The election of Nevada’s Bishop Katharine Jefferts Schori to head the Episcopal Church, the U.S. arm of the Anglican Church, quickly produced dissension in the church.
Time magazine observed, “The surprise election Sunday of Bishop Katharine Jefferts Schori of Nevada to Presiding Bishop of the Episcopalian Church USA can be seen from many different angles, but none of them bodes particularly well for its continued relationship with its global extended family, the 77 million member Anglican Communion.”
The London Times reported Monday, “The Anglican Church descended into ‘ecclesiastical anarchy’ last night as American traditionalists refused to accept the authority of a woman and asked the Archbishop of Canterbury to lead them instead. Liberals celebrated the election of Bishop Katharine Jefferts Schori as Presiding Bishop of the Episcopal Church while the traditionalist Fort Worth Diocese appealed to Dr Rowan Williams for ‘alternative primatial oversight'.”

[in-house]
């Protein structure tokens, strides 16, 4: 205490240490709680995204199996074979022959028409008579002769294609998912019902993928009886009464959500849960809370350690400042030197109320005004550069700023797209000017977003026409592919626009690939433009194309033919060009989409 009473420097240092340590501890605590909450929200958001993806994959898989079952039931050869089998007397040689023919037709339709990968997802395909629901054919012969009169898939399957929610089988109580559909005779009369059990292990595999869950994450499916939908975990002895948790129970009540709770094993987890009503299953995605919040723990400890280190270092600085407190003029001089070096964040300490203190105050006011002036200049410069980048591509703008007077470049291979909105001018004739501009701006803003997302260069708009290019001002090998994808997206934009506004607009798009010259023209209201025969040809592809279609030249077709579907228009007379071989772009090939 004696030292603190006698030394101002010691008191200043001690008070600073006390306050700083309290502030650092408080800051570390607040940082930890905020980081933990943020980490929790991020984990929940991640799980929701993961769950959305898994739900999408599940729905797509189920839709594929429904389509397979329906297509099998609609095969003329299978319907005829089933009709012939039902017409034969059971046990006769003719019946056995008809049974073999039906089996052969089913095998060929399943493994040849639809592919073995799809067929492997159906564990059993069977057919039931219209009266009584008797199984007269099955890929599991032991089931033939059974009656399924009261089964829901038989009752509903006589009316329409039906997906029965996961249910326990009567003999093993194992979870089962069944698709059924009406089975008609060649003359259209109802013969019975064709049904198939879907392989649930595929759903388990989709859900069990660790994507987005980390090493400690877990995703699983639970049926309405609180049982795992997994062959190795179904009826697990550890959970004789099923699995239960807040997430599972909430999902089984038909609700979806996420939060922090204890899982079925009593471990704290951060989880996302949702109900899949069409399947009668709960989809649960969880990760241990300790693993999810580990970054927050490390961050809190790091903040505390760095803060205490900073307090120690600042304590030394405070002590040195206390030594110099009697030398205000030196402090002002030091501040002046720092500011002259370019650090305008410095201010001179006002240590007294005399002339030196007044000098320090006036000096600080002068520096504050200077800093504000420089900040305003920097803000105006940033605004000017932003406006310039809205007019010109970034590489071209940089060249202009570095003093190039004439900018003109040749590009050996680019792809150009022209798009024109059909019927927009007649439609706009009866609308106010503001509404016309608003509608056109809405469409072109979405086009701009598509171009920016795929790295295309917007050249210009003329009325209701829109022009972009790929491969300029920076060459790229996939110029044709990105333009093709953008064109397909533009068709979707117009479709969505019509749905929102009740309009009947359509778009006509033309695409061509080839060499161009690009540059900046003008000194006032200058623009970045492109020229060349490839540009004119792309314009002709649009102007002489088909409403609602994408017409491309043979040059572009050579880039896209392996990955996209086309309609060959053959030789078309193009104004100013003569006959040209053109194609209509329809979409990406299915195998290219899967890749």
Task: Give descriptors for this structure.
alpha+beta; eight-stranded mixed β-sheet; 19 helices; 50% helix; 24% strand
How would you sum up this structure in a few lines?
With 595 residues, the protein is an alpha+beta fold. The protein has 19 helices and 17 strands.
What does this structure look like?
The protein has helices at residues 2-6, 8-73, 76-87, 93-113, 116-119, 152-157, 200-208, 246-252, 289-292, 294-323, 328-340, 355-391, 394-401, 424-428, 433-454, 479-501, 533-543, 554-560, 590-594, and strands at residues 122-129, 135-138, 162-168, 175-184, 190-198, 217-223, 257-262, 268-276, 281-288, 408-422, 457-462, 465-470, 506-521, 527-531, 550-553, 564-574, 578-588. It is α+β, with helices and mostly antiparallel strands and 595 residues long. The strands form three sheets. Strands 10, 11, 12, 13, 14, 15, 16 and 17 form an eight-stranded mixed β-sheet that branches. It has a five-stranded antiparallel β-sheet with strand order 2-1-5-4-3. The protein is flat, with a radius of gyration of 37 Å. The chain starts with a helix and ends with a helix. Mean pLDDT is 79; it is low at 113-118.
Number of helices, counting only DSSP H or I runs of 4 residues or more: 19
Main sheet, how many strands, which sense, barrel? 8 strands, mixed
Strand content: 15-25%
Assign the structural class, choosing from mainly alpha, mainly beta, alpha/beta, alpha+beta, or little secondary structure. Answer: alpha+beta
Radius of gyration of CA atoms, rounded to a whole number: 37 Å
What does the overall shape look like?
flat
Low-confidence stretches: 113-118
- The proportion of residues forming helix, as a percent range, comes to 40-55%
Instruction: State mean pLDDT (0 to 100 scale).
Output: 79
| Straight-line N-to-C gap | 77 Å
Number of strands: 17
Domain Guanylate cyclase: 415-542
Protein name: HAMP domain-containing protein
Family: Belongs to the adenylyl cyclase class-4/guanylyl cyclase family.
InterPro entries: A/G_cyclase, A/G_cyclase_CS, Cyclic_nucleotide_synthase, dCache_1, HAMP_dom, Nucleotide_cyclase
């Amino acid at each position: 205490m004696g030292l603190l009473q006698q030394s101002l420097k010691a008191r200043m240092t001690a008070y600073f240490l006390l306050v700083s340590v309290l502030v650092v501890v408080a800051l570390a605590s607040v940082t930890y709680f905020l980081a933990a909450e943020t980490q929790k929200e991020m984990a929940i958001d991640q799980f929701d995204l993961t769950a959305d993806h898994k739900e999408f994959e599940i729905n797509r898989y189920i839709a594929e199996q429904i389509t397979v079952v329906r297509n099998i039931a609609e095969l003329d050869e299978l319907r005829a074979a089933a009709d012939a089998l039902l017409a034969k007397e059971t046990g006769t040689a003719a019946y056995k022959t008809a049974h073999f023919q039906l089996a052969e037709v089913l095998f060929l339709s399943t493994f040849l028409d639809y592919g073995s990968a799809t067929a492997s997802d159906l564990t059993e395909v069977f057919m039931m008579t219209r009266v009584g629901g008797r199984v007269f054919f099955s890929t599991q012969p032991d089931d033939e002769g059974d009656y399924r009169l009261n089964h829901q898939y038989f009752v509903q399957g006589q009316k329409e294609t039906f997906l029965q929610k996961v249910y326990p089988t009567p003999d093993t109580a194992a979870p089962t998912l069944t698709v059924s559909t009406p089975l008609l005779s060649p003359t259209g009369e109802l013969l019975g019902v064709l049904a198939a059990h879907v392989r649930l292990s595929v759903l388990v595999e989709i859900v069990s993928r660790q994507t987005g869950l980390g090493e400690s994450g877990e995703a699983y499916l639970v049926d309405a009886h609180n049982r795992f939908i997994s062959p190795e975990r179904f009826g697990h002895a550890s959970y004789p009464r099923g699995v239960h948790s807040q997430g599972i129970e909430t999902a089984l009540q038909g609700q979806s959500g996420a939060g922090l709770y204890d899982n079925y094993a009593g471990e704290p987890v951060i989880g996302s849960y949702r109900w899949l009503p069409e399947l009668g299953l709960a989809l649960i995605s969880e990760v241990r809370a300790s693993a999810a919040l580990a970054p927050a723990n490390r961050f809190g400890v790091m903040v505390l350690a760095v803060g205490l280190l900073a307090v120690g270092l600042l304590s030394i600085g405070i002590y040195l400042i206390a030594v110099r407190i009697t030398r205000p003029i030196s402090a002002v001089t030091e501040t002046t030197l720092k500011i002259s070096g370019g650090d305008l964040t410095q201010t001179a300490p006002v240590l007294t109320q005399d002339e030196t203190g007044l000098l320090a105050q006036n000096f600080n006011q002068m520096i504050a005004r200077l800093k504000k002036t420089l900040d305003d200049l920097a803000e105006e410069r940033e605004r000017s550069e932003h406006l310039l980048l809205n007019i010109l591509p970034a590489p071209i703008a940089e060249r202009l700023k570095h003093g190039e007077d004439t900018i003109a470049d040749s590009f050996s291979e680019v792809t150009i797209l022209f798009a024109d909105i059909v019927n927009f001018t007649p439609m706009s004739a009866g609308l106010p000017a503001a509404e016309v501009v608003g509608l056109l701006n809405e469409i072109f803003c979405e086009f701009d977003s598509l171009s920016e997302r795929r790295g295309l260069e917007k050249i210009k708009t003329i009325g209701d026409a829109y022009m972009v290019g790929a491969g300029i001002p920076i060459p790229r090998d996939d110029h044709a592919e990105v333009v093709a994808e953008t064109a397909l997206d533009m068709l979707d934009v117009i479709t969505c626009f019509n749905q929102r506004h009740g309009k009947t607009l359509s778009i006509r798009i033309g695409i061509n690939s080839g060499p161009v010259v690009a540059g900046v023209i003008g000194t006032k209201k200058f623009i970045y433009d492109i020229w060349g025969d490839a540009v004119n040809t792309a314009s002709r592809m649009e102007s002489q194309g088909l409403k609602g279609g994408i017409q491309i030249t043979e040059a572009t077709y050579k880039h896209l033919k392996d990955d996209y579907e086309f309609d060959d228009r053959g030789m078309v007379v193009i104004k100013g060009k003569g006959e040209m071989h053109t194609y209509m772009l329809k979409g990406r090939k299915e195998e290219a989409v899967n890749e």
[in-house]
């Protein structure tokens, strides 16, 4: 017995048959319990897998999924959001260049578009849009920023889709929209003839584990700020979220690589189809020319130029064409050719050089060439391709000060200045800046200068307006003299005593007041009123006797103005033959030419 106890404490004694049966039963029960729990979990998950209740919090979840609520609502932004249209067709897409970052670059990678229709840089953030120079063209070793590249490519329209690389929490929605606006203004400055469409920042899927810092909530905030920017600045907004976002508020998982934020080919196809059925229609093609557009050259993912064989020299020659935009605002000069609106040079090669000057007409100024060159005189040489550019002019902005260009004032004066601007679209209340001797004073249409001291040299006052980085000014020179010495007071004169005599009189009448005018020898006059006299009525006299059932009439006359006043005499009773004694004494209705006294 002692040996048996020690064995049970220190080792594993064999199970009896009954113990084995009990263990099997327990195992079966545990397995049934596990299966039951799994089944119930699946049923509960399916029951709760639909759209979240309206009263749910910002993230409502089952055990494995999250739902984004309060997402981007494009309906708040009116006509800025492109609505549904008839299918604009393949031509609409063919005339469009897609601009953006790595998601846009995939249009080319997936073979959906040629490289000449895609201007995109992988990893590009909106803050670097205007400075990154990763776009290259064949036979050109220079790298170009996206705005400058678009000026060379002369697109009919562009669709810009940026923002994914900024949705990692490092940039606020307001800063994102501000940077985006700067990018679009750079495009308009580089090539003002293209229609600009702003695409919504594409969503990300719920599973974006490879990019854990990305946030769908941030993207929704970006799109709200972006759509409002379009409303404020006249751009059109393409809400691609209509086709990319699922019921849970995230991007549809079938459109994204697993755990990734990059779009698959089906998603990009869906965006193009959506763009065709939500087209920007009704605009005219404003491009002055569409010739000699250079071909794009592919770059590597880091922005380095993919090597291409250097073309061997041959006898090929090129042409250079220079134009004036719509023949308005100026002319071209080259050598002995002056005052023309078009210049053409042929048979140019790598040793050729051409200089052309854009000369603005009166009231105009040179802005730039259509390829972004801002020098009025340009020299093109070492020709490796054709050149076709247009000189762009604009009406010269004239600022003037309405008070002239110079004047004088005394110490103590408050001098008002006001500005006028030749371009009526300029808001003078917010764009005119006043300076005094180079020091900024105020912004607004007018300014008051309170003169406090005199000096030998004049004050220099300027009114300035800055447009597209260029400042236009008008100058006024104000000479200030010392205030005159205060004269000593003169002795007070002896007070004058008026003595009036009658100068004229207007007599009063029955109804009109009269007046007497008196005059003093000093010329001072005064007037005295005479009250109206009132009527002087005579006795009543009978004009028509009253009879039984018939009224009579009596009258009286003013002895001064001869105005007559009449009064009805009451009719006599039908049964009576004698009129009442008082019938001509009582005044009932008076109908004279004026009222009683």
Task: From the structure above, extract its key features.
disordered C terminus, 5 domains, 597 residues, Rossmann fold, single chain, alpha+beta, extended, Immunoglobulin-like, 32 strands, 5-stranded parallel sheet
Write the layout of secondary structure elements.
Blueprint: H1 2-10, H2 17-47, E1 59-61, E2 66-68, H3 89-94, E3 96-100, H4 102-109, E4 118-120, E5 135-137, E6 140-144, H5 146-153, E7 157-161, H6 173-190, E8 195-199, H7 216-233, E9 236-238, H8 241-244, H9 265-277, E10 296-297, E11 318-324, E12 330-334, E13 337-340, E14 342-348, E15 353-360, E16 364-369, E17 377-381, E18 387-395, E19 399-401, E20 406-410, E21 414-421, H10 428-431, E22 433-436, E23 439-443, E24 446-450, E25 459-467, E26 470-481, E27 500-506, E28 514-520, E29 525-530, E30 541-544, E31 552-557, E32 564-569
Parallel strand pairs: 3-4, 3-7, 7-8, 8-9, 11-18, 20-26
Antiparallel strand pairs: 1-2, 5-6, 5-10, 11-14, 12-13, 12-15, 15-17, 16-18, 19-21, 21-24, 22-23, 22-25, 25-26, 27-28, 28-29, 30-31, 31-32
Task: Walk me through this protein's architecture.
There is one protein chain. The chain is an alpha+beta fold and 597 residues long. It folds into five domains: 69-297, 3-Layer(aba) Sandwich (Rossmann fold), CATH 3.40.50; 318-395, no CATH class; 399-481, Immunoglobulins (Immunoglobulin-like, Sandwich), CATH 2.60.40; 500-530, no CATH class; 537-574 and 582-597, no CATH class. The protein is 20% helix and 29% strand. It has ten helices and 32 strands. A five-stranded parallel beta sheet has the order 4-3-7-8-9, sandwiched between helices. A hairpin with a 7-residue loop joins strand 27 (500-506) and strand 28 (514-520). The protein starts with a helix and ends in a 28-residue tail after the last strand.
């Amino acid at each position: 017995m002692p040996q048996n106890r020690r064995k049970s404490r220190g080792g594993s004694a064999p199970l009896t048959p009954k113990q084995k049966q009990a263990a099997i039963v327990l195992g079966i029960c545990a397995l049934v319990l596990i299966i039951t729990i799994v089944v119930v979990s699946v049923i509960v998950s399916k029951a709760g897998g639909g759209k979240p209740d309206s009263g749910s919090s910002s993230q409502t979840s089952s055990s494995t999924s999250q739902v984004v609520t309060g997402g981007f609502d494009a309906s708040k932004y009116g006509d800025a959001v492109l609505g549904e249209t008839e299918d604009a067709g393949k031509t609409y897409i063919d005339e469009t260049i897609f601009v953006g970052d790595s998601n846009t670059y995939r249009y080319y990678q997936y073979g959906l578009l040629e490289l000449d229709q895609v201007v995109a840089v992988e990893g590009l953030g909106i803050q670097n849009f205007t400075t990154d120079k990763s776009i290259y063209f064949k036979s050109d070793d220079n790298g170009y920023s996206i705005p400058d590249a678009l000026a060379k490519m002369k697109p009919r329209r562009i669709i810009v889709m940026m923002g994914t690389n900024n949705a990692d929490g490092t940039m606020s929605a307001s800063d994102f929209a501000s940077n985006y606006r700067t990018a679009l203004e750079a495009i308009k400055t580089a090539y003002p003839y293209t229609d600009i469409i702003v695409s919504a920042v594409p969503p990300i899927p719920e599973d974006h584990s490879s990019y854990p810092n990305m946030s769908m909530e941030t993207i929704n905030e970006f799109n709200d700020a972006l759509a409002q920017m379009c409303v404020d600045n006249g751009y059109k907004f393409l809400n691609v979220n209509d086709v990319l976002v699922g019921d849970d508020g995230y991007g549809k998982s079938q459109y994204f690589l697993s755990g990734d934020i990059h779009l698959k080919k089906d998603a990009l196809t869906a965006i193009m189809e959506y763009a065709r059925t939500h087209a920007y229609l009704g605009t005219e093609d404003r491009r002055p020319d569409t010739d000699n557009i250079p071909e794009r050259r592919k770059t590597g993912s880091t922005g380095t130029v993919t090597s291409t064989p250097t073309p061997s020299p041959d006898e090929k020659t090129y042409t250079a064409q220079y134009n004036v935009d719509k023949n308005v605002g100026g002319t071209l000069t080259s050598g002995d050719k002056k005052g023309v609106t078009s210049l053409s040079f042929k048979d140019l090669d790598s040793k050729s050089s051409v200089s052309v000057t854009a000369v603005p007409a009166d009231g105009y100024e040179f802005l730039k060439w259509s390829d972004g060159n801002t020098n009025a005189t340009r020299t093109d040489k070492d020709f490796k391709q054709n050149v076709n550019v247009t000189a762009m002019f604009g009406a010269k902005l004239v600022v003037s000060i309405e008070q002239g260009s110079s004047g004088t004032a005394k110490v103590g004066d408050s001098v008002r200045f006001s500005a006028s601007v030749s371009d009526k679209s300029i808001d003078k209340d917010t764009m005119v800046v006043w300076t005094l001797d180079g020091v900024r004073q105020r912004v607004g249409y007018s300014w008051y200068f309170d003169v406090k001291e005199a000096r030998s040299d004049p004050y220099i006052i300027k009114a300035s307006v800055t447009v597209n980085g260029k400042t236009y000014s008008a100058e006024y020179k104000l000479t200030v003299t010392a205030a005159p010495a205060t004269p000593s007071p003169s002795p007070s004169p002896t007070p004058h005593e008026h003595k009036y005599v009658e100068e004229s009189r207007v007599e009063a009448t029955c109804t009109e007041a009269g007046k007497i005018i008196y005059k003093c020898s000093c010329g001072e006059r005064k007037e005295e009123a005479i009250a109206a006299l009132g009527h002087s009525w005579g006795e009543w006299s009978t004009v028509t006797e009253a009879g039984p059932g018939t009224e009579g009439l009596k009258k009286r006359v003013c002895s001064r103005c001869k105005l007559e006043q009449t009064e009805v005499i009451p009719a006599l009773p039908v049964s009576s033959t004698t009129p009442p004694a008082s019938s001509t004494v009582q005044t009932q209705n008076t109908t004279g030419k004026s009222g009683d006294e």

The unexpected election of Schori produced heavy news coverage (Salon: “It’s a girl!”) that focused on previous divisions within the church, particularly those involving homosexuality. Bishop Schori quickly entered the fray when she was asked Monday if homosexuality is a sin. “I don’t believe so,” she said. “I believe that God creates us with different gifts. Each one of us comes into this world with a different collection of things that challenge us and things that give us joy and allow us to bless the world around us.”
There are three Episcopal dioceses in the United States known to oppose a woman as head of the U.S. church. The Fort Worth church is one of them. Archbishop of Canterbury Rowan Williams, head of the church, has not yet responded.
The United States is the third Anglican province, after New Zealand and Canada, to elect a woman bishop. (See “15 minutes.”)